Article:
|President David (left) with top student Samjhana|
Nothing brings us WELNepalians more pride and happiness than sponsoring young women who wish to continue their post secondary school studies. Many of these incredibly bright women come from families who either can’t afford to send their daughters to school or think education is wasted on girls. Our scholarship students need to be two things — dirt poor and darned smart!
|Inside the house Samjhana built|
Now, let me introduce you to Samjhana Raut. If we wanted to be campy, we would call her our “Poster Girl." Samjhana comes from a very poor family. Her father is a caretaker at a government school, a job that pays very little. Her mother spends her days washing clothes at one of the local tourist lodges. Samjhana is in charge of the house.
Samjhana’s many duties include cleaning the house, washing the clothes, cooking and trekking into the jungle to cut the wood for the fire she needs to make to prepare the evening meals. She also is in charge of looking after her older brother and two younger sisters.
|Samjhana at home|
In spite of all this, Samjhana is at the top of her class — a spot usually reserved for students fortunate enough to have attended private secondary schools. She’s currently earning a bachelor’s degree in business at a local school in Tandi Bazaar, a school she bikes seven kilometers to every day. She is always asking questions about everything and strives to understand the world around her. There is nothing that doesn’t pique her interest.
Samjhana’s heart is also in the right place. She introduced us to another young woman who needed financial assistance to continue her schooling, and she’s always asking WELNepal for projects for other women in her village.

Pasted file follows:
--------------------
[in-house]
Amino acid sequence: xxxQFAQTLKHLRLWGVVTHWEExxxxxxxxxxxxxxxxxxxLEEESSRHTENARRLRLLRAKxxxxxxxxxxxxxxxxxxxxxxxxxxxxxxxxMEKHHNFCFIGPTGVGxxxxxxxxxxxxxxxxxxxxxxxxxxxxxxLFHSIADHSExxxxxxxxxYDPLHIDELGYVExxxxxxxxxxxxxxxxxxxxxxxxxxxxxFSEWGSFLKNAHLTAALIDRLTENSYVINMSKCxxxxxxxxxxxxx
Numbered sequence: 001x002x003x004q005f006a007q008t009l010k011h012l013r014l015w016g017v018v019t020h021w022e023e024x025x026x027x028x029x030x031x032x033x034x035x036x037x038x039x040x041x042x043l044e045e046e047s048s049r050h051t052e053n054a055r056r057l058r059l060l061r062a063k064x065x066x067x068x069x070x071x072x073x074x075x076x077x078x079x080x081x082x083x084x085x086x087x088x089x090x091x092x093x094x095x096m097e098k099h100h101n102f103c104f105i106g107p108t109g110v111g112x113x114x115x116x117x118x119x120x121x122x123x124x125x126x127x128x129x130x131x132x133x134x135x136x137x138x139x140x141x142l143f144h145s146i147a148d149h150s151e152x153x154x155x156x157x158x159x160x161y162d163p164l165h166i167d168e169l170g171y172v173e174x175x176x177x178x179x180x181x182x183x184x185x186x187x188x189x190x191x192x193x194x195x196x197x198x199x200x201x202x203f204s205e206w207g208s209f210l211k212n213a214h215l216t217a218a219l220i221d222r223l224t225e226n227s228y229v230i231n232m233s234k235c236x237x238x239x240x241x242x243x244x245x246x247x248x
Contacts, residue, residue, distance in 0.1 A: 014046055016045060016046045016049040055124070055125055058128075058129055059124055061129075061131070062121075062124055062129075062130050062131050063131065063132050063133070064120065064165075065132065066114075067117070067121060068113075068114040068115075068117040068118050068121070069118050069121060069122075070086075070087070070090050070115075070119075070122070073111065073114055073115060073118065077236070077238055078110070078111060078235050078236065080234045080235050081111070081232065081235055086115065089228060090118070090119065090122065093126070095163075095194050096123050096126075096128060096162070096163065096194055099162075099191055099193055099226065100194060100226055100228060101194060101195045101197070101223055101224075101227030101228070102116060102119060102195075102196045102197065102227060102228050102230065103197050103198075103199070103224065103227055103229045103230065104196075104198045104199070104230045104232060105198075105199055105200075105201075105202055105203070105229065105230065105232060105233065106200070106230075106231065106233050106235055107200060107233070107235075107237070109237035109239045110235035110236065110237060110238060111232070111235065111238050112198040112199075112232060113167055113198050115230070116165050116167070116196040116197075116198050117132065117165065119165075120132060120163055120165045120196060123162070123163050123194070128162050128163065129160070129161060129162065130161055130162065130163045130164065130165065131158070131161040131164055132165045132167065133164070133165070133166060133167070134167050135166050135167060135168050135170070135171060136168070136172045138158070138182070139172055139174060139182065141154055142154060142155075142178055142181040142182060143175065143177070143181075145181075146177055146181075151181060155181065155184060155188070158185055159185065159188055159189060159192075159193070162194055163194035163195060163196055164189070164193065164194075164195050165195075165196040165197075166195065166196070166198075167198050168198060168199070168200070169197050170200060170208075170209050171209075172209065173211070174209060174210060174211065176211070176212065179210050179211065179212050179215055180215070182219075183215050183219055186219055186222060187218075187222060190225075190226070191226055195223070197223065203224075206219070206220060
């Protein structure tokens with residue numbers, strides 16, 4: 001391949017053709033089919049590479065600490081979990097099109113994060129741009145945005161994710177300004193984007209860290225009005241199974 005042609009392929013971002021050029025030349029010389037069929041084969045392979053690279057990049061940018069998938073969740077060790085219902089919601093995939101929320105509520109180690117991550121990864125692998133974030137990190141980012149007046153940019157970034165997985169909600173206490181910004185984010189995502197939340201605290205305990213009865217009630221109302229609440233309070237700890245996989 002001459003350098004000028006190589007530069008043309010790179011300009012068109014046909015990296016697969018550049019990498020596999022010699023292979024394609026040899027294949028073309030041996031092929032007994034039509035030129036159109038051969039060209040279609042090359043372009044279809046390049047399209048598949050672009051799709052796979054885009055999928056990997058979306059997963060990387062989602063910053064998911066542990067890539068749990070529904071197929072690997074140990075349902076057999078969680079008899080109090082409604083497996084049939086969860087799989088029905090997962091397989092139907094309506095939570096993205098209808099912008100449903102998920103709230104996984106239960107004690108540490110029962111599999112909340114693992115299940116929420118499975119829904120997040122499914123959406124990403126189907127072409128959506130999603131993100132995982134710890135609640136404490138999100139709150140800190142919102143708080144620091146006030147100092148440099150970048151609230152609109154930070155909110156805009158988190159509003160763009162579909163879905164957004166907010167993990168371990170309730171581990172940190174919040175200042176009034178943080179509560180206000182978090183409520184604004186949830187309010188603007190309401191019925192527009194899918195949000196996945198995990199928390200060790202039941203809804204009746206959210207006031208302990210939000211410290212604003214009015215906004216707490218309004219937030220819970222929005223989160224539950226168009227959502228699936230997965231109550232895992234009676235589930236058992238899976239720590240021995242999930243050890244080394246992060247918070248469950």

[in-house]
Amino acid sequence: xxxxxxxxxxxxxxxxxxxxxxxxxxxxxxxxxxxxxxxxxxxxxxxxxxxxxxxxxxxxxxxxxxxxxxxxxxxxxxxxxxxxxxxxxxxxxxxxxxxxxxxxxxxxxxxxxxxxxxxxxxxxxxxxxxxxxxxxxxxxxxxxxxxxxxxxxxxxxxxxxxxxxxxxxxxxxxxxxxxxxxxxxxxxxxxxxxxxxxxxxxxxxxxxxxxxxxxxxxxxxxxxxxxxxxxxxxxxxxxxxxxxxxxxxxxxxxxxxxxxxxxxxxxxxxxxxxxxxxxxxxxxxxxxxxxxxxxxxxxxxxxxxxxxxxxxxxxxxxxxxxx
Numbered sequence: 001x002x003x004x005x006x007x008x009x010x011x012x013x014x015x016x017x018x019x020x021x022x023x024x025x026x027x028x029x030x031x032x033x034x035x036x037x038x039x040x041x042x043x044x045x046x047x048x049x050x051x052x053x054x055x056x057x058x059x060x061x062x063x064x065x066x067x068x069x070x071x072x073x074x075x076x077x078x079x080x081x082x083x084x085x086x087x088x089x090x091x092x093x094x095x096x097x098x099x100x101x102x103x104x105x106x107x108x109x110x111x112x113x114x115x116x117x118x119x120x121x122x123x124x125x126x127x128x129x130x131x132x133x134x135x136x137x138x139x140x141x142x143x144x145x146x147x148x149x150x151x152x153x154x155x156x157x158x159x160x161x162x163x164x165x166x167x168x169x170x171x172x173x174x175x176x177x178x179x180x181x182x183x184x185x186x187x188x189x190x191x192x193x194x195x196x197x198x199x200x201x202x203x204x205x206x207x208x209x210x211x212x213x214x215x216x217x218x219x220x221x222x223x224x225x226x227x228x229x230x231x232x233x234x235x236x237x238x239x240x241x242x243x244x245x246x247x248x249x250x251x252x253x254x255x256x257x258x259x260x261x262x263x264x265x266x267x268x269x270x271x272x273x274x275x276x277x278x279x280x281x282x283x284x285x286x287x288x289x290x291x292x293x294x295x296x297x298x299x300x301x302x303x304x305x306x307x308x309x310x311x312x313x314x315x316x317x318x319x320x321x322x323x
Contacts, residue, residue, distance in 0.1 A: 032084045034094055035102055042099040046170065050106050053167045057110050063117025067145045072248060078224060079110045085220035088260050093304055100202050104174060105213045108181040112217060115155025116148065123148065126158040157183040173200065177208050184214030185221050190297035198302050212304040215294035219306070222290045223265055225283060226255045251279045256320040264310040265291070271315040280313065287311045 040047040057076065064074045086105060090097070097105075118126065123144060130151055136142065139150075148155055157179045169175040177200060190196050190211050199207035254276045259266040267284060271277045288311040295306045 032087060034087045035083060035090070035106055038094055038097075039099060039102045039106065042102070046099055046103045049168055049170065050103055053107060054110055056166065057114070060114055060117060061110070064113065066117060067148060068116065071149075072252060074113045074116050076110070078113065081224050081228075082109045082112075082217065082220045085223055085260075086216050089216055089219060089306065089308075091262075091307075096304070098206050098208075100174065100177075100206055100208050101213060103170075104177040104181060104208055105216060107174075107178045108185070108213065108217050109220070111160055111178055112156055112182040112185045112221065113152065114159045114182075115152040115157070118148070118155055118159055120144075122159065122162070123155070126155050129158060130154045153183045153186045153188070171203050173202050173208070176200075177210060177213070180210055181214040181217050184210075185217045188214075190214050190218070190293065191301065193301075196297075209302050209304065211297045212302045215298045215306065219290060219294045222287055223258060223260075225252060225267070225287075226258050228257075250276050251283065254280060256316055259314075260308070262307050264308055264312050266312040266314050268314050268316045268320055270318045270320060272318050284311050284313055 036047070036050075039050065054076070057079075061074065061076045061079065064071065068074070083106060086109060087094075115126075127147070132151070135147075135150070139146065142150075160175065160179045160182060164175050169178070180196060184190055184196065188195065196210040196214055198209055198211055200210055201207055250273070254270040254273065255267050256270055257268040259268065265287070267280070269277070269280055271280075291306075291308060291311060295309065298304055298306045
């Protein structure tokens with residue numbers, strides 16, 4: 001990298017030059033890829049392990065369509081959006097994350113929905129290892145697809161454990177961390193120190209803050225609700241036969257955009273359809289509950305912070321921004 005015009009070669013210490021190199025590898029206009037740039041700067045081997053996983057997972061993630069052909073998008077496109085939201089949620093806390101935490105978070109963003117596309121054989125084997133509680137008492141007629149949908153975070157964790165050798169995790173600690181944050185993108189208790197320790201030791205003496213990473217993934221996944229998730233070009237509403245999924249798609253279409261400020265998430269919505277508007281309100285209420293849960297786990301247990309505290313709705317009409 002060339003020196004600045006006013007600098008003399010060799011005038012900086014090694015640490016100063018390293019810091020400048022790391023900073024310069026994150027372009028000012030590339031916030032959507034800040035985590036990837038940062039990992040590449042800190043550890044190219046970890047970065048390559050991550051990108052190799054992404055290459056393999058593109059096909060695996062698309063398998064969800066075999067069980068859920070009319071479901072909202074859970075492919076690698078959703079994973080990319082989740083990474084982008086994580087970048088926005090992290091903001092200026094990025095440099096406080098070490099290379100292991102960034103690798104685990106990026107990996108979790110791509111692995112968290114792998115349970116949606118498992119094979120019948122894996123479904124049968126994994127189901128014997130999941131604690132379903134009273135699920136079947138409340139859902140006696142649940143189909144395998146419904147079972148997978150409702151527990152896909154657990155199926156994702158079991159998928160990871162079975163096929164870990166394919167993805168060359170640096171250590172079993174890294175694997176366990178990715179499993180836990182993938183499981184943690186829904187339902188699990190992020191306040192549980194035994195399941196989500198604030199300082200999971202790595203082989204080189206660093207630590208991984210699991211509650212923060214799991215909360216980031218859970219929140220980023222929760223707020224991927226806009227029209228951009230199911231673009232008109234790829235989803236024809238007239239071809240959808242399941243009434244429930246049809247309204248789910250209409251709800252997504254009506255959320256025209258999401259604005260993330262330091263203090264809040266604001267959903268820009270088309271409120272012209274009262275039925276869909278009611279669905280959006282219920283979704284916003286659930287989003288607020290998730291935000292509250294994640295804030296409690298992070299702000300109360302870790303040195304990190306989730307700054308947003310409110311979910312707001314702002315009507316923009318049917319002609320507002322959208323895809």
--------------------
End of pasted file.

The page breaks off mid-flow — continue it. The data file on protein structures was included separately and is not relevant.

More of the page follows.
This past year, Anh (a friend of WELNepal) visited
and met and formed a very
special relationship with Samjhana. The two of them are kindred spirits
and are in touch with each other often. Here’s what Anh had to say about
|Samjhana (right) with Anh Luc (left)|
Samjhana has such a beautiful, sweet and gentle spirit that you cannot help but fall in love with her personality almost instantly. I first met Samjhana when David took Barry (another WELNepalian) and me to her lovely home so Barry could film her plastering her house with mud, buffalo dung and dried grass. She informed us on arrival that she had to miss school that day because she wasn’t feeling well. But instead of resting, this amazing young lady was up at dawn doing chores.
I saw a strong and beautiful young lady who carried on her daily chores, despite her illness, without complaint. When David asked her why she didn’t build her house with cement, she replied — with a big, radiant and proud smile — “because this is my house!” I will NEVER forget that reply.
A very proud reply that said it didn’t matter if her house was not built with the best or strongest materials, it was her house and she built it with her bare hands. What’s not to love about her? After that first meeting, I wanted to see Samjhana again and made sure that David brought me back when he visited again. Since then, we have become the best of friends and the best of sisters.
The country of
needs strong intelligent women like Samjhana, and WELNepal needs to be sure
that Samjhana’s talents are not wasted. Nepal